At the 2014 HOW conference, Debbie Millman, host of the excellent interview show Design Matters and a remarkable mind, sat down with the prolific Seth Godin to discuss courage, anxiety, change, creative integrity, and why he got thrown out of Milton Glaser’s class. She used an unusual book of Godin’s as the springboard for their wide-ranging conversation: V is for Vulnerable: Life Outside the Comfort Zone (public library) — an alphabet book for grownups illustrated by Hugh MacLeod with a serious and rather urgent message about what it means and what it takes to dream, to live with joy, to find our purpose and do fulfilling work.

I had the pleasure of seeing and recording the conversation — transcribed highlights below.
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Jim Lerman's curator insight, June 19, 2:23 PM

An interesting example of what changing one's genre of expression allows and enables one to do...in a good way.

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Digital Reality | Edge.org

Digital Reality | Edge.org | :: The 4th Era :: | Scoop.it
What interests me is how bits and atoms relate—the boundary between digital and physical. Scientifically, it's the most exciting thing I know. It has all sorts of implications that are widely covered almost exactly backwards. Playing it out, what I thought was hard technically is proving to be pretty easy. What I didn't think was hard was the implications for the world, so a bigger piece of what I do now is that. Let's start with digital.

Digital is everywhere; digital is everything. There's a lot of hubbub about what's the next MIT, what's the next Silicon Valley, and those were all the last war. Technology is leading to very different answers. To explain that, let's go back to the science underneath it and then look at what it leads to.
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I’m afraid I can’t do that

I’m afraid I can’t do that | :: The 4th Era :: | Scoop.it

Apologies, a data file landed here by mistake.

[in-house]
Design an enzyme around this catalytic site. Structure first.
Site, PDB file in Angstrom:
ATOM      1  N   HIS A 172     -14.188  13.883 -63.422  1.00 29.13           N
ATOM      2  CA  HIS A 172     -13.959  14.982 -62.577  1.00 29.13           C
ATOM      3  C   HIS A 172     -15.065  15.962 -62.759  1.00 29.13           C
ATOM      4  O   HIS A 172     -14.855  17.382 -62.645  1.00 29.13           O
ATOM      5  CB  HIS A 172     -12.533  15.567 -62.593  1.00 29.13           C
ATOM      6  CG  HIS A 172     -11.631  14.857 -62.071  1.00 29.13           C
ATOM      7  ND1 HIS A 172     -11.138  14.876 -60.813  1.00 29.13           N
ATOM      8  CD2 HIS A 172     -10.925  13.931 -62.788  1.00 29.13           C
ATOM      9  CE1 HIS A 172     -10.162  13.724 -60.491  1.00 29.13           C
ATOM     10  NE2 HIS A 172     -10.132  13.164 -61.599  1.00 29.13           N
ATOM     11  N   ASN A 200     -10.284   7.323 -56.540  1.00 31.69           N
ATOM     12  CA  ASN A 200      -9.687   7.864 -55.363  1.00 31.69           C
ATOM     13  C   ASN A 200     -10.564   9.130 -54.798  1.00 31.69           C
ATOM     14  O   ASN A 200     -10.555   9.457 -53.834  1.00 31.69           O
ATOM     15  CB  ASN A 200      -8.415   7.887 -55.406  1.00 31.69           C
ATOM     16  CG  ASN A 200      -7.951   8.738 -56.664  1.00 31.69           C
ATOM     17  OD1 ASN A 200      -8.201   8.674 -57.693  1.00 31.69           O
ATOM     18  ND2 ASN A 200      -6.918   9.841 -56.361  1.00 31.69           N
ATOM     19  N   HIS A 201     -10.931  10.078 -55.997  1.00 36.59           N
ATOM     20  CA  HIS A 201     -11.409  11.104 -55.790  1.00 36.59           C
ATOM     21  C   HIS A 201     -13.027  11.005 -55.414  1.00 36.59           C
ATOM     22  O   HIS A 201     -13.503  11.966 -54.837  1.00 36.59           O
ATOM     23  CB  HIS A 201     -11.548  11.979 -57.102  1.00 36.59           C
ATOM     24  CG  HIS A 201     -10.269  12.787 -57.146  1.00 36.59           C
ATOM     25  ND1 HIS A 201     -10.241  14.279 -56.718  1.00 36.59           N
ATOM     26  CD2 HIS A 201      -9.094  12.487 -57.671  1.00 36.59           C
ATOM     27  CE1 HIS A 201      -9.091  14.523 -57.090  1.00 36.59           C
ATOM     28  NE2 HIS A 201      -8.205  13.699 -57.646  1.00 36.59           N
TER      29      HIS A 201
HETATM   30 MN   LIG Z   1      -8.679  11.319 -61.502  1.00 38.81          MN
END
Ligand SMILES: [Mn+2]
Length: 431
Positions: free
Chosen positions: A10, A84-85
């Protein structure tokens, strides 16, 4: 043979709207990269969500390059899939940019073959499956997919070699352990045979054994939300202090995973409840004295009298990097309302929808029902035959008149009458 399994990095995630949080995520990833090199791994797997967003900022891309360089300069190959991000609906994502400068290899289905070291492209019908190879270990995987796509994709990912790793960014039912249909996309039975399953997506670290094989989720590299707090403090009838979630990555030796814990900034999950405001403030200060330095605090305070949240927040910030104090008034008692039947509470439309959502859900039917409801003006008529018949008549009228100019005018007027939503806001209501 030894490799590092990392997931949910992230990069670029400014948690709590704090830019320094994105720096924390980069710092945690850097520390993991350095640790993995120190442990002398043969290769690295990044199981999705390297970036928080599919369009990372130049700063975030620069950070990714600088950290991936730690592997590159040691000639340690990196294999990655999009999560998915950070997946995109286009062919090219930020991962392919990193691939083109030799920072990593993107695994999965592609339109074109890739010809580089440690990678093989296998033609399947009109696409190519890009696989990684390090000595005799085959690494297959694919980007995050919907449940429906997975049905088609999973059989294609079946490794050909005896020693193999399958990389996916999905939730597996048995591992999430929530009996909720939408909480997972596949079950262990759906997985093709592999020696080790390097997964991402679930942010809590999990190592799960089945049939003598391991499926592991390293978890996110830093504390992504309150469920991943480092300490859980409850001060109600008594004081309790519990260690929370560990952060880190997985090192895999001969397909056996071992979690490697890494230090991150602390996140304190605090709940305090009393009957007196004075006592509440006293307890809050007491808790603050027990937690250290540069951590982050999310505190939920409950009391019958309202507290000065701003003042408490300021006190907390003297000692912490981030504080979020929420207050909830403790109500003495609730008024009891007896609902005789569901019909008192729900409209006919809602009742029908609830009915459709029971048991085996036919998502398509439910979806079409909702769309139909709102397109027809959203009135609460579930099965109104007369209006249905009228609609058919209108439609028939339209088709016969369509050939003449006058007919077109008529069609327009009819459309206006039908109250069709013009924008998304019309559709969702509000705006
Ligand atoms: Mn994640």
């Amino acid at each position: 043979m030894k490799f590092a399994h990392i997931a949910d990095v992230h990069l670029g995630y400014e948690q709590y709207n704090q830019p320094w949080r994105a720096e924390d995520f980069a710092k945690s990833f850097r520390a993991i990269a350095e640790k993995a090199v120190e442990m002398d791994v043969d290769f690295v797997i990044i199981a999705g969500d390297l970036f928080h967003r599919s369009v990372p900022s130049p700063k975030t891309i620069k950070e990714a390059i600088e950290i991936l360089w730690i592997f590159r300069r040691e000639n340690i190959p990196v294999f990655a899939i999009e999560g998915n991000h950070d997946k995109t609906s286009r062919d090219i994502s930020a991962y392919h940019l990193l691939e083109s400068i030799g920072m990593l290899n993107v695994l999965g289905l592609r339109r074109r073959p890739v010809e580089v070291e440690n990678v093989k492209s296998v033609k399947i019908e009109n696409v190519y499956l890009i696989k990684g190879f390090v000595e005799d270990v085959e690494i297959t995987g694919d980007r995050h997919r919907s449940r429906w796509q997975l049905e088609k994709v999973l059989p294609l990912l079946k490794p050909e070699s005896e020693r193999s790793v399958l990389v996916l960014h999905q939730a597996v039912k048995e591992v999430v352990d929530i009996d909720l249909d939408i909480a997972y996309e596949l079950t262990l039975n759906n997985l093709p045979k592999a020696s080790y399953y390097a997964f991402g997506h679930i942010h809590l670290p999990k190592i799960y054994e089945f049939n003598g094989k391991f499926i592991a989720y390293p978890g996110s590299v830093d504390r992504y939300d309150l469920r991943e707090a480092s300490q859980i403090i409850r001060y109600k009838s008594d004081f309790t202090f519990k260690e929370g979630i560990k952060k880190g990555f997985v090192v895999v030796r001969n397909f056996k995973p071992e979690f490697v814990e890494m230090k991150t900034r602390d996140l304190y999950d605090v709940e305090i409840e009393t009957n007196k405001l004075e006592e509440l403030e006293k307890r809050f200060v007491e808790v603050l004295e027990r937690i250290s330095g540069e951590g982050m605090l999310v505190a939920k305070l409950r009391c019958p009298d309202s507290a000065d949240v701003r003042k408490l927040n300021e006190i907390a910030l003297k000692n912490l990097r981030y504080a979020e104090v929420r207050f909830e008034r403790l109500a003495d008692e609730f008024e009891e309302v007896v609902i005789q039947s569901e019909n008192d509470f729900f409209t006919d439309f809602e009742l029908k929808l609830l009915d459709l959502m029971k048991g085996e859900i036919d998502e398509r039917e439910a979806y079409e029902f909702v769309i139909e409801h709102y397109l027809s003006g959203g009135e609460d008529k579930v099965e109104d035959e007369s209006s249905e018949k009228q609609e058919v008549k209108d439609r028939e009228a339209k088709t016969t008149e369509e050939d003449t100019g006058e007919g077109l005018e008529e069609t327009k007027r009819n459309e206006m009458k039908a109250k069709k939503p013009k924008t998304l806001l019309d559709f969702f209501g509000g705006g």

"There is plenty of research to suggest that restaurant workers are not the only ones at risk. One widely cited paper by Carl Frey and Michael Osborne at Oxford University found that as many as 47% of Americans work in jobs that will be highly susceptible to automation over the next two decades. But a new working paper by Melanie Arntz, Terry Gregory and Ulrich Zierahn of the Centre for European Economic Research paints a slightly brighter picture. The earlier study quizzed experts on the chance that a particular occupation could be automated, and then totted up the proportion of American workers in such jobs. But the newer study suggests that this method was too blunt."



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Beyond Productivity: Information, Technology, Innovation, and Creativity

Beyond Productivity: Information, Technology, Innovation, and Creativity | :: The 4th Era :: | Scoop.it
Computer science has drawn from and contributed to many disciplines and practices since it emerged as a field in the middle of the 20th century. Those interactions, in turn, have contributed to the evolution of information technology – new forms of computing and communications, and new applications – that continue to develop from the creative interactions between computer science and other fields.

Beyond Productivity argues that, at the beginning of the 21st century, information technology (IT) is forming a powerful alliance with creative practices in the arts and design to establish the exciting new, domain of information technology and creative practices—ITCP. There are major benefits to be gained from encouraging, supporting, and strategically investing in this domain.